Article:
Affection and cuddles are still very much a selective thing; you love to offer them up on your own terms and are currently going through a phase where you will take them away too.  ‘I hate you’ now features on a regular basis especially when you are feeling frustrated.  It’s hard sometimes not to take it too personally and to remember that it is the passion you have and the need for independence which sometimes sends you over the edge, especially when you can’t have your own way and you can’t understand why.

That passion and drive, that reach for freedom and independence…I see so much of myself in the way you are, right down to the way you react when you can’t have your own way.  Oh I know that feeling of being stifled very well!  You are so quick to change temperament though; not like your sister who can hold a grudge for weeks…one minute you are raging about an injustice and the next you are disarming and charming everyone with your cheeky smile.

You are very invested in things being ‘fair’ and life is very black and white for you.  I can’t decide yet if this is a good thing or a bad thing, I suppose only time will tell.  So far I see that it is good because you aren’t afraid to speak up if you see something isn’t right, even on behalf of someone else, but it also means there is no room for negotiation; something is either okay or it isn’t.  I hope that with maturity will come a greater comprehension that it can’t always be so simple.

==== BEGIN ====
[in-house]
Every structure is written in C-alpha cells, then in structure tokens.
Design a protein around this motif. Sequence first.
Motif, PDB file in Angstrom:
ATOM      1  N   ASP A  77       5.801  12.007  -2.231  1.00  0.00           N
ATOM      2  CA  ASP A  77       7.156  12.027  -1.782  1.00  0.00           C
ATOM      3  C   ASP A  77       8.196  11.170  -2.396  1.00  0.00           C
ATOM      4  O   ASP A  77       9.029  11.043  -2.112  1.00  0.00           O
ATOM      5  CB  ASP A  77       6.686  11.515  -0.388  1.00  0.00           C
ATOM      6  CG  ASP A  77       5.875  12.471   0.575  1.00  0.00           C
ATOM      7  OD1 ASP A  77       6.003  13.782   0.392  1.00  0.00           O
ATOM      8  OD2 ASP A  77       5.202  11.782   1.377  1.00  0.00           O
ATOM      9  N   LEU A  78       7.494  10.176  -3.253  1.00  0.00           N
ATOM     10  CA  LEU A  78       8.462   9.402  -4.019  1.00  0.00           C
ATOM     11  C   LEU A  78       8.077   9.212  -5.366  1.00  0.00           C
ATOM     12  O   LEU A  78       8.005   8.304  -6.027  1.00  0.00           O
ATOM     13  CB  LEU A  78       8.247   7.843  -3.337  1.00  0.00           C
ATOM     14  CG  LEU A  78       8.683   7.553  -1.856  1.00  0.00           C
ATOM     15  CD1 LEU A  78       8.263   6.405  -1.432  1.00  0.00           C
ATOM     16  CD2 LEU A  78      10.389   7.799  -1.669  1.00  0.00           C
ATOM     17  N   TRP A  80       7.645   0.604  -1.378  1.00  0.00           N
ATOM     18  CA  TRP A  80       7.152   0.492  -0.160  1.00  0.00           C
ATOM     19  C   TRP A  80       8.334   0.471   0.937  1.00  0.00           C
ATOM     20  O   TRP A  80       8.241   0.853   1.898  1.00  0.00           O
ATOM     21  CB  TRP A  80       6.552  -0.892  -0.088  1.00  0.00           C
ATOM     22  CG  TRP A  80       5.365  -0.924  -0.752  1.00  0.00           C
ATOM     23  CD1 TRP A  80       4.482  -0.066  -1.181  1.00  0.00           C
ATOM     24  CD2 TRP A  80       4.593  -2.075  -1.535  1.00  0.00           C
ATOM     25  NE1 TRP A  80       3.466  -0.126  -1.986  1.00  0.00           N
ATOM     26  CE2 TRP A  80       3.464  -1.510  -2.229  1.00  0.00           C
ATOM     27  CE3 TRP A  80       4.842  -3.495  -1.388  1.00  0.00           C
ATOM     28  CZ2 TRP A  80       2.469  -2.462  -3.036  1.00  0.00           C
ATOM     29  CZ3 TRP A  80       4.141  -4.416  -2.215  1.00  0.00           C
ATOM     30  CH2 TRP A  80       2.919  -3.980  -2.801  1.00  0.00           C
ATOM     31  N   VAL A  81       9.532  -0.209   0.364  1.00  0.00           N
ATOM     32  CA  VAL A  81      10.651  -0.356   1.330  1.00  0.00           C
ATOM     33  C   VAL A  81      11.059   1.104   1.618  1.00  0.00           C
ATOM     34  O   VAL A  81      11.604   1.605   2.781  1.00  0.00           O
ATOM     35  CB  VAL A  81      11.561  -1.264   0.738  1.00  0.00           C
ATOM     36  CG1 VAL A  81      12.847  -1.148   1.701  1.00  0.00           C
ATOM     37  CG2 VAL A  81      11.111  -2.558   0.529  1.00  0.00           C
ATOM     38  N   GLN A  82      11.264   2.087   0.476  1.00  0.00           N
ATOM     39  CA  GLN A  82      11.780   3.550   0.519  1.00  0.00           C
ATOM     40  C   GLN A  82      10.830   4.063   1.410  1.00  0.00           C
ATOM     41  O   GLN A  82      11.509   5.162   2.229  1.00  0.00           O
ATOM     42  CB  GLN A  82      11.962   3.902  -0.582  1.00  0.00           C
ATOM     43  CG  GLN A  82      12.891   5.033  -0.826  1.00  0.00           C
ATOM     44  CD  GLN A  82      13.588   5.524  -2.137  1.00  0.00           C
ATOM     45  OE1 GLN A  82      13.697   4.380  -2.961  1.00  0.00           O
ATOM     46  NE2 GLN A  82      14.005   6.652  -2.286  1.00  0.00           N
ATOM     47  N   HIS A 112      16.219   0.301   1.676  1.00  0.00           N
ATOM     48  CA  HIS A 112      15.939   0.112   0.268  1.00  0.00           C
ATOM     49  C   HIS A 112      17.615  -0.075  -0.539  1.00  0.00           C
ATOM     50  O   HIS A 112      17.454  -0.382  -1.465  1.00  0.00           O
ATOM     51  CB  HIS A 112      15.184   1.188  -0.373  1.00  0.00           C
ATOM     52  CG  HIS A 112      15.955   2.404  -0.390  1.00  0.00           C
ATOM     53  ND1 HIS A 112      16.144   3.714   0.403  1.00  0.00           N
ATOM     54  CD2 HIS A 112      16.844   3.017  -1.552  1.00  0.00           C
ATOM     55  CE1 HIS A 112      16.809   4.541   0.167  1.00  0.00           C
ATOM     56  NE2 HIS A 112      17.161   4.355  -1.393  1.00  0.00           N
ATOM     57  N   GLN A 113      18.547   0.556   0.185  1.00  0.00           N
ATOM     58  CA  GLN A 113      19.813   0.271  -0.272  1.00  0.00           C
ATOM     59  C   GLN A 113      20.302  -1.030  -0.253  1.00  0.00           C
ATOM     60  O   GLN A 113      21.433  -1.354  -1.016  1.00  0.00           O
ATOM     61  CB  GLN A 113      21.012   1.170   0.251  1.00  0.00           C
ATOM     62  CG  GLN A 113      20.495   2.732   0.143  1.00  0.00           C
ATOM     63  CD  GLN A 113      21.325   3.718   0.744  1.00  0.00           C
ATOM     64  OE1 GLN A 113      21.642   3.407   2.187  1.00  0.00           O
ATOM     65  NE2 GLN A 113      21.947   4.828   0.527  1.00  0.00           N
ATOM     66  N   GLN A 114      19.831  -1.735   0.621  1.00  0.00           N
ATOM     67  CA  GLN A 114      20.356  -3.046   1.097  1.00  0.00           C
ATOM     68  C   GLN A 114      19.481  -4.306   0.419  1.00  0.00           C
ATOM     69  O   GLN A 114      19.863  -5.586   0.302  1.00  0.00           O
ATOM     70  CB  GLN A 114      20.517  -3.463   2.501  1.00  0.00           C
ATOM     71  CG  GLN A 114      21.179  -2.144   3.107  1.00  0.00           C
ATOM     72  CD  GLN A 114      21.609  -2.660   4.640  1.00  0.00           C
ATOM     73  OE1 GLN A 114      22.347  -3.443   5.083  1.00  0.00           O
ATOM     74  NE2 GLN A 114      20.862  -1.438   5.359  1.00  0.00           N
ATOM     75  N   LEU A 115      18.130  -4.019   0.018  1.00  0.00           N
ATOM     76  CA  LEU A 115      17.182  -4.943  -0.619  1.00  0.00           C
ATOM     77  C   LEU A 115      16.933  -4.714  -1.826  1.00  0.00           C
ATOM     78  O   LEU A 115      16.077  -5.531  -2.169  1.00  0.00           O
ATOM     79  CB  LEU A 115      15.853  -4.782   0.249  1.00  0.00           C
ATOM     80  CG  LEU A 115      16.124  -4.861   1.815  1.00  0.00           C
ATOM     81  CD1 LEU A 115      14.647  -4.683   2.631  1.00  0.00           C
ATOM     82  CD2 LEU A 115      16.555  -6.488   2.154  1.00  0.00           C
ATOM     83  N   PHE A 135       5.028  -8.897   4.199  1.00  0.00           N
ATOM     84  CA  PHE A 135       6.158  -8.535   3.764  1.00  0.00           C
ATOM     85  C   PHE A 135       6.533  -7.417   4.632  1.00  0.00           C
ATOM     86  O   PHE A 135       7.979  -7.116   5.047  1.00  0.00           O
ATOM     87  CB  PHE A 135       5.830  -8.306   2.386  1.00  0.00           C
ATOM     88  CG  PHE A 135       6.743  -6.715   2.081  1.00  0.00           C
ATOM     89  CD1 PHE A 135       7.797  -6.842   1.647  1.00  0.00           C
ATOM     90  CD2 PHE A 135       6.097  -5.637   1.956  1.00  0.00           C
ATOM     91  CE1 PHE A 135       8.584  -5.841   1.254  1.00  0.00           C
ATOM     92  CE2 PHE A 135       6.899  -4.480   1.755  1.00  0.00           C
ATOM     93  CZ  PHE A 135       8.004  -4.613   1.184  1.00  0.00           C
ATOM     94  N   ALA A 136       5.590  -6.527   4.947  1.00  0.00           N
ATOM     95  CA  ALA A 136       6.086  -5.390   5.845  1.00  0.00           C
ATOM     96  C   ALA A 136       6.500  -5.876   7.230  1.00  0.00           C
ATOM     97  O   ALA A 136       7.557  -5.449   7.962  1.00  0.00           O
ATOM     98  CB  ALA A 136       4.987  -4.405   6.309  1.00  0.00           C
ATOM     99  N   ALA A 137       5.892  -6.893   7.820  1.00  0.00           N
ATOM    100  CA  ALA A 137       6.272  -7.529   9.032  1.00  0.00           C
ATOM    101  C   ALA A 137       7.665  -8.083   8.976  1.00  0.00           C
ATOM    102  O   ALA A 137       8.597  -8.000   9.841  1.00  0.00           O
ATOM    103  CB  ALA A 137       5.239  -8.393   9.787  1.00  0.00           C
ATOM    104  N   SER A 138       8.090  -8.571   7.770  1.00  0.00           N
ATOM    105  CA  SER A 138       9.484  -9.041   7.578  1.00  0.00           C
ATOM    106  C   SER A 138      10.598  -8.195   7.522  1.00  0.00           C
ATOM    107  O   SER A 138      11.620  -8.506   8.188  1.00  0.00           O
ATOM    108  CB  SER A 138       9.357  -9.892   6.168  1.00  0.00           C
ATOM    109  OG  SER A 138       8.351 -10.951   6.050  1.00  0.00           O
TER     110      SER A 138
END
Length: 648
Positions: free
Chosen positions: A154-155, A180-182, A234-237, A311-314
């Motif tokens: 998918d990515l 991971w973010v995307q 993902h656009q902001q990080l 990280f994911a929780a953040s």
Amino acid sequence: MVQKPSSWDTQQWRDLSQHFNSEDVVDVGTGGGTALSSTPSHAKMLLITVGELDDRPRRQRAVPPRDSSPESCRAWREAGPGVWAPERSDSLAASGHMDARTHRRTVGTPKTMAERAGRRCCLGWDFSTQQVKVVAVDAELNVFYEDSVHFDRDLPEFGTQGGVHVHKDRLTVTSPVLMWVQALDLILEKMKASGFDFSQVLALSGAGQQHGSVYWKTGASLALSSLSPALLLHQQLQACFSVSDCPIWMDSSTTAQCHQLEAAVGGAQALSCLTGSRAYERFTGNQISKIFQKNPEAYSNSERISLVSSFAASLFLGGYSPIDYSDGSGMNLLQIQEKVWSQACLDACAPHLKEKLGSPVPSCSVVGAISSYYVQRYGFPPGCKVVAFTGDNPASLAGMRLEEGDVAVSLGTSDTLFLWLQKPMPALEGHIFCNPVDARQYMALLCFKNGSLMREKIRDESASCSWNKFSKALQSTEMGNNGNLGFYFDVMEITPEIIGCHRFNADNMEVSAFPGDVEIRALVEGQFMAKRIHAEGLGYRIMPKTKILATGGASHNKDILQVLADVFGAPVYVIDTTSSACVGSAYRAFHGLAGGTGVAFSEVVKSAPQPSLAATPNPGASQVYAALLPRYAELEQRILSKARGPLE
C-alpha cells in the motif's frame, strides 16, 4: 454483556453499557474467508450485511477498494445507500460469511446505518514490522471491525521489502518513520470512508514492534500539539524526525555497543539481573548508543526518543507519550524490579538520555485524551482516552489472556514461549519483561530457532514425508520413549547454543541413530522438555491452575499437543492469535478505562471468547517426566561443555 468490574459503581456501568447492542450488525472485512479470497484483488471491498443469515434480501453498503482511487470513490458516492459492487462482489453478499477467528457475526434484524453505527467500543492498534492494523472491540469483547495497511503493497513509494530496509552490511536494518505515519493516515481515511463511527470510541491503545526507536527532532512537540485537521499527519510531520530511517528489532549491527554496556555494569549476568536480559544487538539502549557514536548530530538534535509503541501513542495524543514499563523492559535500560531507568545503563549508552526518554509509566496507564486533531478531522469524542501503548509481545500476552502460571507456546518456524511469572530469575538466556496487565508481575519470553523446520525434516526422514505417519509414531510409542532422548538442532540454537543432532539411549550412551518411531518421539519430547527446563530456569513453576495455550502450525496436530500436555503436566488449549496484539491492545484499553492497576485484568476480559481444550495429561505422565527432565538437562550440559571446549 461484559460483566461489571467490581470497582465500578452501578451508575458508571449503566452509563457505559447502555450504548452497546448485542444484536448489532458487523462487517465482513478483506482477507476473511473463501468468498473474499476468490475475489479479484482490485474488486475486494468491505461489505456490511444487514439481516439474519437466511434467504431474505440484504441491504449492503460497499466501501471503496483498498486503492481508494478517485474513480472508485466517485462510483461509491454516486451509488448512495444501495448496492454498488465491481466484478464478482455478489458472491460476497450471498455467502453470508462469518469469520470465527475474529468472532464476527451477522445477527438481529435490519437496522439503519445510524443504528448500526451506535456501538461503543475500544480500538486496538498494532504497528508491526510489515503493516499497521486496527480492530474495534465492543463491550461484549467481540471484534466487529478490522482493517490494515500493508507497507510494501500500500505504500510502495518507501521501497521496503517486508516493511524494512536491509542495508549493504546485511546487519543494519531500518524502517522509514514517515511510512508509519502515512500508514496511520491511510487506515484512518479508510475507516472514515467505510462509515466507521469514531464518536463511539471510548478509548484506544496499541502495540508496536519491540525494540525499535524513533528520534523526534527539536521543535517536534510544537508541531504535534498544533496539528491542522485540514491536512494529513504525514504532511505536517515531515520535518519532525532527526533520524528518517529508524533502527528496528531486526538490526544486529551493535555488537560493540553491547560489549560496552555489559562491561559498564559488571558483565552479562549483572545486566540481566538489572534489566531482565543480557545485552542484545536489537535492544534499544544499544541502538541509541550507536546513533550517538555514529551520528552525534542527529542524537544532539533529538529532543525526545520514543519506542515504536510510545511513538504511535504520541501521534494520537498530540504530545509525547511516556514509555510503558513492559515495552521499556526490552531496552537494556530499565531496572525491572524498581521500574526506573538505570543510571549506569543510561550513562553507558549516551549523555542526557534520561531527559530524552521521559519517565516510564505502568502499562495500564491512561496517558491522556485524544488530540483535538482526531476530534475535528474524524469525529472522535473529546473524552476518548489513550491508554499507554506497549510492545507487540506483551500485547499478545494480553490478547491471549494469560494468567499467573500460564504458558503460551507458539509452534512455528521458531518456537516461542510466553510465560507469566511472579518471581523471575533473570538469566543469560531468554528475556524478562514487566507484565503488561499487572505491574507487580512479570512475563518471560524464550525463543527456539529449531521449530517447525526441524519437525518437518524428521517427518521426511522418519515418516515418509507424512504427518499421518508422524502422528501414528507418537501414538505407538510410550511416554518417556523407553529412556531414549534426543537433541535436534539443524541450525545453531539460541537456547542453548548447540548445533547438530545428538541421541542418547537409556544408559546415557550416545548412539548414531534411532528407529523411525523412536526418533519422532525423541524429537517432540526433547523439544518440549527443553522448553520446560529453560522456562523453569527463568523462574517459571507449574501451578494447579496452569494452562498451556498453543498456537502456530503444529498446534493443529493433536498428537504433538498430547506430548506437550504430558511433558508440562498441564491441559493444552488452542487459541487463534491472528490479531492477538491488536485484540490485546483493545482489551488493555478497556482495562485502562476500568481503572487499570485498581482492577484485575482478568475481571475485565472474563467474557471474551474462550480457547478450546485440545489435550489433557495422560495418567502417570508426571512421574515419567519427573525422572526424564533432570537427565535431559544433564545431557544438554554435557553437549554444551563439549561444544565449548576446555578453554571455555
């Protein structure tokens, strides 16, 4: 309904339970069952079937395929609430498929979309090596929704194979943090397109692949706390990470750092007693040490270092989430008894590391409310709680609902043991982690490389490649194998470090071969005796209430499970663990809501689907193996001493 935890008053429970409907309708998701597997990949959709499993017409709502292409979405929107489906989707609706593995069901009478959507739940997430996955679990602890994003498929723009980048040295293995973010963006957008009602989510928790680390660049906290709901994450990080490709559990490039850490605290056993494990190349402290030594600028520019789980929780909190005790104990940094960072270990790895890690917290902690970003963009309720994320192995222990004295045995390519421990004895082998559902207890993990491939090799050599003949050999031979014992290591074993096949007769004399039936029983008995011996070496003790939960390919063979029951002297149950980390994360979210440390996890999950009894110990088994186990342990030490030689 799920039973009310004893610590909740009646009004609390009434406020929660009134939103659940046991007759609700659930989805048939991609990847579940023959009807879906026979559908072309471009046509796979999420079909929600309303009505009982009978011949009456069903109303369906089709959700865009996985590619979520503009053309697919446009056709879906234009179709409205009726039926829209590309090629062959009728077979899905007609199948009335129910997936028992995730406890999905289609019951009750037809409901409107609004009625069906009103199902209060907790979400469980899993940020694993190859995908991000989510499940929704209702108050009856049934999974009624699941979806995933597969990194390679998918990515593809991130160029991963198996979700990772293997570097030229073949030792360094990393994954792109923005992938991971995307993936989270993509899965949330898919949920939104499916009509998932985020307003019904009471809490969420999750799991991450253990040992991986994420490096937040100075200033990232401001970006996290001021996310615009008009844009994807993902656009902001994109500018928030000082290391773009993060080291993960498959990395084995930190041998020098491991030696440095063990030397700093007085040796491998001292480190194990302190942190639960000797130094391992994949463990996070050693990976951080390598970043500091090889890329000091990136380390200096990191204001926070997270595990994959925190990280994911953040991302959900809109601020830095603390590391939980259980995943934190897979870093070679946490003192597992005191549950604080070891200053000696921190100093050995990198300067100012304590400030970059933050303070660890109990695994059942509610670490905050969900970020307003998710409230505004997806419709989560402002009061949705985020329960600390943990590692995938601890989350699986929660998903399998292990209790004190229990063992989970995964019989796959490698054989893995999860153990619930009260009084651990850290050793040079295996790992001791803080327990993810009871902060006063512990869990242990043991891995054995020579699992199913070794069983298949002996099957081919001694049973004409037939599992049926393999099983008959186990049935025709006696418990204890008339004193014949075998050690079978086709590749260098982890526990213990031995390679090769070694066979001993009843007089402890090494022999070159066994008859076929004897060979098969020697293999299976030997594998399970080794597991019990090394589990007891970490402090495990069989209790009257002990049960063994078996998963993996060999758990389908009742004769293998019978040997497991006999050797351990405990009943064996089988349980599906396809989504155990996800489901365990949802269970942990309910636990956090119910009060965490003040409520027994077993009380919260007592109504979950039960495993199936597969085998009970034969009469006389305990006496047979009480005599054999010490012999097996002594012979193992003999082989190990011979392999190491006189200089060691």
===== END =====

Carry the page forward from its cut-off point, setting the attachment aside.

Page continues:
Star Wars is the name of the game at the moment and you absolutely adore anything to do with it, although you tend to favour the dark side over the light which is only slightly worrying!!  You aren’t so keen on your school reading books but you will devour anything and everything related to Star Wars, reading words which often catch us off-guard when we wonder how on earth you know them.

You are also starting to get into football now and want to please your Daddy so much with your knowledge.  You often ask me questions so you can later regale Daddy with all the things you know about the players.

You have such a thirst for life and you really come alive when you are outside.  We have started to notice a real difference in the way that you behave when you are inside versus when you are outdoors.  You choose to head outside in all weathers; rain, shine, hail…

You still make us all laugh; you have a wicked sense of humour and a real grasp of sarcasm which is surprising in someone so young.  You are still Meg’s favourite person to have a giggle with and I hope that will long continue.

I shared a little status over on Facebook at the weekend about how you make us feel all the emotions on a daily basis and that really is so true.  You make us laugh with your random quips and silly expressions…you make us frustrated with your stubborness and refusal to bend unless on your own terms…you make us afraid because you are so fearless…but most of all you make us feel like the luckiest parents.  We get to do this journey with you.  And that is pretty awesome.

Happy 5th birthday gorgeous boy.